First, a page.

Herbert London: The Horror Before Us And The Sound Of Silence
Simon and Garfunkel sang about “the sounds of silence,” that moment when you want to shriek in the face of conspicuous silence. Alas, we are experiencing this condition as the West intentionally reverses its gaze from the horrors committed in the name of Allah and cannot summon the voice to say “no.” We are reliving the late 1930’s – 1940’s when the world refused to acknowledge the bloodshed foisted by every step of jack-booted Nazis.
The cover story of an American journalist beheaded by an ISIS adherents prompts an automatic response. I observed a middle aged man looking at the photos of the assassination shaking his head and saying to no one in particular “this makes me sick.” It makes me sick as well.
I am filled with rage over the death of a man I do not know. What I do know is that he is an American and I know, as well, that we in this nation once defended Americans.
In Africa, BokoHaran kills with impunity. ISIS sports the heads of victims like bowling balls. This is a part of the world gone mad. Or perhaps we are mad for being silent over these monstrous acts. There is a naïve but pervasive belief among Americans that most people are like us, what I call “mirror imaging.” However, it should be patently evident that is not true. We value life; they, the purveyors of destruction, value death. We believe in rational judgment; they accept only mystical dogma.
An Arab women burned to disfigurement after an Israeli attack in Gaza sought assistance in a Israeli hospital that specializes in skin grafts. For hours Jewish doctors worked to restore her skin never asking or even thinking that she was an enemy combatant. Several days after her release she returned to the hospital. This time wearing a belt of explosives designed to destroy the very same hospital and doctors that virtually saved her life.
What does this incident convey? There isn’t any gesture of gratitude; there isn’t the slightest sense of humanity on the part of this Arab woman. In fact, we in the West find ourselves baffled by the level of intolerance and hatred. We don’t get it!
Christians are killed by Muslim extremists for no other reason but their faith. The slaughter occurs across the globe from North Africa to northern Nigeria. Of course there is the occasional op.ed which points to the horror and a stentorian voice in the House of Representatives floor expressing indignation. But by and large, the response is not commensurate with the crime.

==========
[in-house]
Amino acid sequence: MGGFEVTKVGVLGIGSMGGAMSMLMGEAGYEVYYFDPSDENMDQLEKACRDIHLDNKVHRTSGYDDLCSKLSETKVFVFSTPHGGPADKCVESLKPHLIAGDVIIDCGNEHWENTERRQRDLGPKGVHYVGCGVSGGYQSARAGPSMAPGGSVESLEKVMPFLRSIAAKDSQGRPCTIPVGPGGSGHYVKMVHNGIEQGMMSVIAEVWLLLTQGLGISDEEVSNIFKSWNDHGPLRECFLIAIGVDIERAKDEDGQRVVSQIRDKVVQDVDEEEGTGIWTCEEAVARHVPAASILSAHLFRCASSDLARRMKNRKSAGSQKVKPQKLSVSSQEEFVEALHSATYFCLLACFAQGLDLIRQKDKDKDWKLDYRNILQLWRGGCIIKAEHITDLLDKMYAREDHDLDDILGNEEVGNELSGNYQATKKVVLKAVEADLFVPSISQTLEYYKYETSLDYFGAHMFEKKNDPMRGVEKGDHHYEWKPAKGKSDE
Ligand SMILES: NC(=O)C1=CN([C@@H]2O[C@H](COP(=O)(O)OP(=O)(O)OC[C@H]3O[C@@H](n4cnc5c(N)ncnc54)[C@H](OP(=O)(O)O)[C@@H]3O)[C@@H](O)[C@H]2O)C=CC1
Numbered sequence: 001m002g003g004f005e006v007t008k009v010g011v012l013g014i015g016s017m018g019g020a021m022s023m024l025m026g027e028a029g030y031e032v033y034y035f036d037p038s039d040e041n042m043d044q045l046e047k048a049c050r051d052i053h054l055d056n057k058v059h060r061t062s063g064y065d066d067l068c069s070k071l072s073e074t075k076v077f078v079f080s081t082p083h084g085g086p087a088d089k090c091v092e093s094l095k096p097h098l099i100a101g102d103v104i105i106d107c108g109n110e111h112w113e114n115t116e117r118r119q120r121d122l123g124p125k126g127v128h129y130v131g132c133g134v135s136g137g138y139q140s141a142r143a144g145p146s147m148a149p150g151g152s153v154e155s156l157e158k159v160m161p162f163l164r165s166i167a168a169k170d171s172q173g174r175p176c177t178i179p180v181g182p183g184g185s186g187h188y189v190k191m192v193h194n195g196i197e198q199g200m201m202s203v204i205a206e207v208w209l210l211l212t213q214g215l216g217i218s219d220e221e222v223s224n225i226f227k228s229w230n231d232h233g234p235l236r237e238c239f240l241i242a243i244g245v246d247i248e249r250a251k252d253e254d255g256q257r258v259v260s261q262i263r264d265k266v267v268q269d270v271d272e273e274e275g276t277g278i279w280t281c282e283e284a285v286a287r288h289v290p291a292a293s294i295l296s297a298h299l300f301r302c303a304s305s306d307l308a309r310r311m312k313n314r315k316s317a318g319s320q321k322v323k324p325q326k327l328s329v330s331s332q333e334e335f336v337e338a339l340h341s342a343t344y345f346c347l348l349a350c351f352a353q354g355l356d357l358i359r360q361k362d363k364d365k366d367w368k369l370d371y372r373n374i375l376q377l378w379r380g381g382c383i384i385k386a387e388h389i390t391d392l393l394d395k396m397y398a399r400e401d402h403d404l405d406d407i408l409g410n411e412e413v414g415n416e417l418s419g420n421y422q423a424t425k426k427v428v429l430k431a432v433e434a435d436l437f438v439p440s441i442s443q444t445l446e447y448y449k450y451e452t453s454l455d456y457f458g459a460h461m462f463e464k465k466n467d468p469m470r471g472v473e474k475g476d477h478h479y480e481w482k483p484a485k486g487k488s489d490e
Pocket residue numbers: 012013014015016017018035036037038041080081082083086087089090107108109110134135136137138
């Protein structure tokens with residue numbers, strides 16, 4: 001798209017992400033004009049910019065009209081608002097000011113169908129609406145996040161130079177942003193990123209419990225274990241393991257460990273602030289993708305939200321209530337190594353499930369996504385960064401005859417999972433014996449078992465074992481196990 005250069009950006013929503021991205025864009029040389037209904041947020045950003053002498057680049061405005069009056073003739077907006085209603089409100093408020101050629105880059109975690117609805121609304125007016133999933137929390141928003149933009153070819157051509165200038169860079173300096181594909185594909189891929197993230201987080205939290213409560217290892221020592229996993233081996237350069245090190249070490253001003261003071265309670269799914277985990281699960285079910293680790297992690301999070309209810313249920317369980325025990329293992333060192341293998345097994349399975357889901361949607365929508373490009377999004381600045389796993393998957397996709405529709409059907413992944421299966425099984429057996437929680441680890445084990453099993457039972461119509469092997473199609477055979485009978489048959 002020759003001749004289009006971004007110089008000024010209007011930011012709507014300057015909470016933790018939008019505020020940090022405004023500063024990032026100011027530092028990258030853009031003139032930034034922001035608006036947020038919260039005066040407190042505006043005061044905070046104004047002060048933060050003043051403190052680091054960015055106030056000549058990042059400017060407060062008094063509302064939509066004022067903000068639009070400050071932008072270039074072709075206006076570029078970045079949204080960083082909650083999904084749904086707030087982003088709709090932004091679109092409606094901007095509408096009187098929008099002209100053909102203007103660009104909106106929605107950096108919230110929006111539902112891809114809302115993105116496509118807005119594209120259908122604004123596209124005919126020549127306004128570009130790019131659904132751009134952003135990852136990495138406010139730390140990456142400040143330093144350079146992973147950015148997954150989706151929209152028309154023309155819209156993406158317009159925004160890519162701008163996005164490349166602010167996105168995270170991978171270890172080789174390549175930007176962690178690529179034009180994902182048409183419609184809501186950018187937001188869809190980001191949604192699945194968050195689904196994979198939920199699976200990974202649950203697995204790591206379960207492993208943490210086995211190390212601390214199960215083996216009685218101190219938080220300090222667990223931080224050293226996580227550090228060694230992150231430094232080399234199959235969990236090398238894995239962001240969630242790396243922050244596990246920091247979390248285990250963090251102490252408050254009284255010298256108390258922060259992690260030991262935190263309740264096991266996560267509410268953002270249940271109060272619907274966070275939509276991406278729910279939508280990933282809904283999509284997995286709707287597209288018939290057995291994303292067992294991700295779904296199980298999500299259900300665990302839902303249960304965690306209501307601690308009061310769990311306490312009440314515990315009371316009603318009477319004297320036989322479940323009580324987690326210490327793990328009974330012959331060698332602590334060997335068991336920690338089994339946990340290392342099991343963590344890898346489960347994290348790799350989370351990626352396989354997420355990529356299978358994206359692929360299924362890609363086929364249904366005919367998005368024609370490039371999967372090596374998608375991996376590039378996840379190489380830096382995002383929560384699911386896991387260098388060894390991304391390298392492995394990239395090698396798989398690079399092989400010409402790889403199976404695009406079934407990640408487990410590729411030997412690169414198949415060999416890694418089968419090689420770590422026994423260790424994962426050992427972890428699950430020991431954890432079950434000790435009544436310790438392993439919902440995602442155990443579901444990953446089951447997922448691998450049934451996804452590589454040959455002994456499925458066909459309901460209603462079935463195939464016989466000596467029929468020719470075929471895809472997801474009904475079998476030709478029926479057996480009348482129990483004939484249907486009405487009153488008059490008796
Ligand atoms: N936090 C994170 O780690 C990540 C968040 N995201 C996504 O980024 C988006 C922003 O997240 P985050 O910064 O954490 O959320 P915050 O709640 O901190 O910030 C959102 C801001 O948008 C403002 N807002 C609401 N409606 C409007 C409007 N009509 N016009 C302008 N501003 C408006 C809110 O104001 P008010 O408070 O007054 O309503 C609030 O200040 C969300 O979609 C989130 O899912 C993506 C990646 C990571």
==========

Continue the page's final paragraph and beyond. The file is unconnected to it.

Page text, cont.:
The rise of anti-semitism across Europe has been observed and chronicled, but here again the specter of another holocaust is played down. Outrage is restrained. Many Jews are told, “don’t overreact.” Yet the knives are unsheaved and the ignorant invective is visible on signs, and billboards e.g. “Hitler didn’t finish the job. We will.”
Silence didn’t work in the past and, as I see it, it isn’t working now. The drumbeat of hate is deafening; the reaction hesitant, even silent. Is it fear that defines contemporary America? Intimidation? Or the belief that we can negotiate our way out of the morass?
Keep in mind that the enemy defines silence as weakness. An unwillingness to confront the horror isn’t perceived as thoughtful restraint, but as cowardice. Three thousand women are being held captive by ISIS in northern Iraq where they are raped and sold as slaves. This group of barbarians blatantly argues its enemies are Christians, Jews and Americans.
Savagery has returned to the age of reason. And where is the sophisticated West? Insulated at the moment from the horror, texting its way to oblivion and ignoring the monster that may soon be on its doorstep.
Herbert London is President of the London Center for Policy Research, a senior fellow at the Manhattan Institute and author of the book The Transformational Decade (University Press of America). You can read all of Herb London’s commentaries atwww.londoncenter.org
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